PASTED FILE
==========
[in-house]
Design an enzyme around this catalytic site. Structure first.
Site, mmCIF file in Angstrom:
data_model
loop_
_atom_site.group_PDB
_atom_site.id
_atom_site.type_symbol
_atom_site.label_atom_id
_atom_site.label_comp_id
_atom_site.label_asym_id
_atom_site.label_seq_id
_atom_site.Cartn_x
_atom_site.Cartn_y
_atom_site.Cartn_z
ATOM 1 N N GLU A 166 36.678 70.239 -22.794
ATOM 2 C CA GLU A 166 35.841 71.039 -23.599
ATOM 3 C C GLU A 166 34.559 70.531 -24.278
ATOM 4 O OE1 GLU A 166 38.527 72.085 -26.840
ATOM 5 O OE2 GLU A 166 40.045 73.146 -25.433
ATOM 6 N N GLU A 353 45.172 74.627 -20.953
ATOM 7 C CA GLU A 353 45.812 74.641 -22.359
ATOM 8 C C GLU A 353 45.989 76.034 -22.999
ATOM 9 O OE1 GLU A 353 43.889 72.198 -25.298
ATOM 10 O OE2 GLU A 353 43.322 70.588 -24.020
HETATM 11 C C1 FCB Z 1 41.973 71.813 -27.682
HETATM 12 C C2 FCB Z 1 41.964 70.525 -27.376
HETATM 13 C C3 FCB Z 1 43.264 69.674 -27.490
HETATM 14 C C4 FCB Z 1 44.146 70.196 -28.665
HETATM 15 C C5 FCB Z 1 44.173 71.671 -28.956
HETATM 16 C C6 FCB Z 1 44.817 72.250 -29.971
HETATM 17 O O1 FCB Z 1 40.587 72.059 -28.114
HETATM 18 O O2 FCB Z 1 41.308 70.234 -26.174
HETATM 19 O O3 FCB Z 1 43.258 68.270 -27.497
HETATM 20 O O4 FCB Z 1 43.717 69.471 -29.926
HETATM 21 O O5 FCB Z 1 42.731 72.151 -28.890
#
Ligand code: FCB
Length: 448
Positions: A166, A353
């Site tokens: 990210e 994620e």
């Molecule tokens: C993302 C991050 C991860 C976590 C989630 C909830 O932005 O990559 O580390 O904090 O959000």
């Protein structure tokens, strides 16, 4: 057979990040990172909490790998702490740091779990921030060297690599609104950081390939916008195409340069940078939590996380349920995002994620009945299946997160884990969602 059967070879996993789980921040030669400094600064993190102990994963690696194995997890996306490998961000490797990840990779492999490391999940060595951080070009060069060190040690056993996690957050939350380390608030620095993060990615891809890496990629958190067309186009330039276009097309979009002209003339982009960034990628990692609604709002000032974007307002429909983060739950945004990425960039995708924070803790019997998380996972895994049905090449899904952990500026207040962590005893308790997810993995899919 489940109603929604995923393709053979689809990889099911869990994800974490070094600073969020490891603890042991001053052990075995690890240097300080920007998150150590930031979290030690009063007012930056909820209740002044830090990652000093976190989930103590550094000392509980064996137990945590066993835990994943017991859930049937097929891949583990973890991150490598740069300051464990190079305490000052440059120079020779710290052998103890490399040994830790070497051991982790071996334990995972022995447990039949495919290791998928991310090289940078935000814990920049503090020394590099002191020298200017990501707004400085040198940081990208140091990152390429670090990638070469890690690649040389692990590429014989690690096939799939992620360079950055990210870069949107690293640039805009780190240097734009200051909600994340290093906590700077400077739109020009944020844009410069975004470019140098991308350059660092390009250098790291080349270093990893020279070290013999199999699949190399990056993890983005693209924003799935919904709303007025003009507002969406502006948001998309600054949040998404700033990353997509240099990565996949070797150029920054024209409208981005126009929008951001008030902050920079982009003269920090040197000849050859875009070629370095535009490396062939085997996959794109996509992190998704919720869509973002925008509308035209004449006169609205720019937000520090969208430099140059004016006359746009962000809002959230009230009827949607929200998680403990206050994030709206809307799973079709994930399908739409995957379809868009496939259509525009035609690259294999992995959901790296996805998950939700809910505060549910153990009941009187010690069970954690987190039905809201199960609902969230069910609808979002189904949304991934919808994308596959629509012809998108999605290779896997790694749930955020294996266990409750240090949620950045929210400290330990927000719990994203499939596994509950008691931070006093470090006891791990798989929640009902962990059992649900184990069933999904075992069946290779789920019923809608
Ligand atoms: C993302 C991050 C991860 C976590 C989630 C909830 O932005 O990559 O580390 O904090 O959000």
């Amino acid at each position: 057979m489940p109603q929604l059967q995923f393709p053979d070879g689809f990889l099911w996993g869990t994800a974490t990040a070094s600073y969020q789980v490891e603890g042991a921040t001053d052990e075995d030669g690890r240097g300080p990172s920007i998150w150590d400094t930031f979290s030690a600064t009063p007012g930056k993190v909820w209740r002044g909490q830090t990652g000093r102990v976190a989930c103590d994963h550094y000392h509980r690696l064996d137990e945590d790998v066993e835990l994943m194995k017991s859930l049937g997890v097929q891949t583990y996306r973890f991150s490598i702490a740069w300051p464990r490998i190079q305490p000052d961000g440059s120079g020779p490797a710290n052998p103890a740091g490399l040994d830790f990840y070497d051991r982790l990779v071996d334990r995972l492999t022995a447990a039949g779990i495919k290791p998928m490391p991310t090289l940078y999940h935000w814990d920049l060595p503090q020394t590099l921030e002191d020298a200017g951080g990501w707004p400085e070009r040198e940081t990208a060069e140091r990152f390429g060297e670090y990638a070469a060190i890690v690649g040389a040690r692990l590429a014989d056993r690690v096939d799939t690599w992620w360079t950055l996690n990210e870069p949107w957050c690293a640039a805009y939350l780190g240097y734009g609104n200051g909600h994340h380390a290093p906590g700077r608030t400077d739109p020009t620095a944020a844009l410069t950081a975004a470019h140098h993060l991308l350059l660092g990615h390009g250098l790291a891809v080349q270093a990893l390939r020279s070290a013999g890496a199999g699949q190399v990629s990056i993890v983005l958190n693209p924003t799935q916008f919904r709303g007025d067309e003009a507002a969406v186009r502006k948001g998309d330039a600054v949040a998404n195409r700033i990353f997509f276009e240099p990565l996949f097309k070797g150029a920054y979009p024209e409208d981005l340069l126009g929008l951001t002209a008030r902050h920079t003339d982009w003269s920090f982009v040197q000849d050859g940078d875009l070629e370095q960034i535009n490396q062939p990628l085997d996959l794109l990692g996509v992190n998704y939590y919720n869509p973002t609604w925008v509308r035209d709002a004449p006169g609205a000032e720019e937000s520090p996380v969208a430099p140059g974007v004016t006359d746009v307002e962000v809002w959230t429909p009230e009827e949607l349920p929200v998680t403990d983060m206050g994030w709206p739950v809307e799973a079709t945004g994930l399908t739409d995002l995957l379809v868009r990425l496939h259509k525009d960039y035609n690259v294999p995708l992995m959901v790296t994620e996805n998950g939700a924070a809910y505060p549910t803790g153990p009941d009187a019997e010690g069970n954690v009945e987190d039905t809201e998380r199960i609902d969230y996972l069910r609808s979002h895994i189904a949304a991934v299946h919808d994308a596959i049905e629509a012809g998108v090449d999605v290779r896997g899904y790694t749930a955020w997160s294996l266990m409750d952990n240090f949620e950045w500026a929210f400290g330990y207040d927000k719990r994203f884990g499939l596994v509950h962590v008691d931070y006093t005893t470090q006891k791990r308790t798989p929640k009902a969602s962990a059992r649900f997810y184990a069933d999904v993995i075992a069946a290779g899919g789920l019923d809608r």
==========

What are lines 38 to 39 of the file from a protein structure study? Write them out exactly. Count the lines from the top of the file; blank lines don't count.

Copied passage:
Ligand code: FCB
Length: 448